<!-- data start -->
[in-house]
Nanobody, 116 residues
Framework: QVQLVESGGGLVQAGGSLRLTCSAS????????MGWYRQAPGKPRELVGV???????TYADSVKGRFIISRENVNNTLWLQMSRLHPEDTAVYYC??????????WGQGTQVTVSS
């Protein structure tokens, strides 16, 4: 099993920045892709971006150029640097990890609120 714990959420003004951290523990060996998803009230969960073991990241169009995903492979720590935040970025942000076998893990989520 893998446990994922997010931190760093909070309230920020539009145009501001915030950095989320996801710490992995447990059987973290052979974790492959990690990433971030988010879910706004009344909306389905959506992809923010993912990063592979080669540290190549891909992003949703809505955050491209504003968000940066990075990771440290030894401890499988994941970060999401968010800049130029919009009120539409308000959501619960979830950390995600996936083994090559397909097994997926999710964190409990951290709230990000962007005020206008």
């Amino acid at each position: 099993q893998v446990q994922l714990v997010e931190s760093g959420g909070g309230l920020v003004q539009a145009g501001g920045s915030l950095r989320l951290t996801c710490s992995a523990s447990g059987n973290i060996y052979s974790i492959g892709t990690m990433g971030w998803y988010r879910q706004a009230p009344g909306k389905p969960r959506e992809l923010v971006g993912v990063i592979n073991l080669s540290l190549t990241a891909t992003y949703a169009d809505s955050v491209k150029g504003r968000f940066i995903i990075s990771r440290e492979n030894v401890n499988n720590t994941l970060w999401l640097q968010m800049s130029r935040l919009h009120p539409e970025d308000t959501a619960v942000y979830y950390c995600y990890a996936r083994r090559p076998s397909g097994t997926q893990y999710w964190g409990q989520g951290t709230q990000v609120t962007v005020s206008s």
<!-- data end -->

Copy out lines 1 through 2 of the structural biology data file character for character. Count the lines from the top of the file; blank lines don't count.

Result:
[in-house]
Nanobody, 116 residues